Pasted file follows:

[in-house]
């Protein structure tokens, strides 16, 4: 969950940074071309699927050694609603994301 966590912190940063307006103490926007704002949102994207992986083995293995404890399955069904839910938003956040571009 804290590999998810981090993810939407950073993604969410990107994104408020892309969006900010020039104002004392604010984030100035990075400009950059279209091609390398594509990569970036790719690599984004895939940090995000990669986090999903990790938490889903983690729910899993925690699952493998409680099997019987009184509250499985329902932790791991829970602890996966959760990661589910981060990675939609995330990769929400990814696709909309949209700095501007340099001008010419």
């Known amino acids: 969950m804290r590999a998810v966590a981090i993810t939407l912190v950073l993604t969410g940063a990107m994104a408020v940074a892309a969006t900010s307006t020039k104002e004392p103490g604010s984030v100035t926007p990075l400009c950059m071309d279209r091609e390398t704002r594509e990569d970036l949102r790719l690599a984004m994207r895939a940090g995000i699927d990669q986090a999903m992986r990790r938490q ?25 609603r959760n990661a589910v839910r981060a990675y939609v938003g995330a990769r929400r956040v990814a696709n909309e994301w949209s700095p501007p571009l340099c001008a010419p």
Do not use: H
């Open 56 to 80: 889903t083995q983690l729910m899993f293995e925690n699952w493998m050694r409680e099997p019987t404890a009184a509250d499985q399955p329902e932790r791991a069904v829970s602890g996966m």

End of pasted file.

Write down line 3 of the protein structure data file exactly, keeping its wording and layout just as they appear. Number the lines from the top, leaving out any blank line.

């Known amino acids: 969950m804290r590999a998810v966590a981090i993810t939407l912190v950073l993604t969410g940063a990107m994104a408020v940074a892309a969006t900010s307006t020039k104002e004392p103490g604010s984030v100035t926007p990075l400009c950059m071309d279209r091609e390398t704002r594509e990569d970036l949102r790719l690599a984004m994207r895939a940090g995000i699927d990669q986090a999903m992986r990790r938490q ?25 609603r959760n990661a589910v839910r981060a990675y939609v938003g995330a990769r929400r956040v990814a696709n909309e994301w949209s700095p501007p571009l340099c001008a010419p």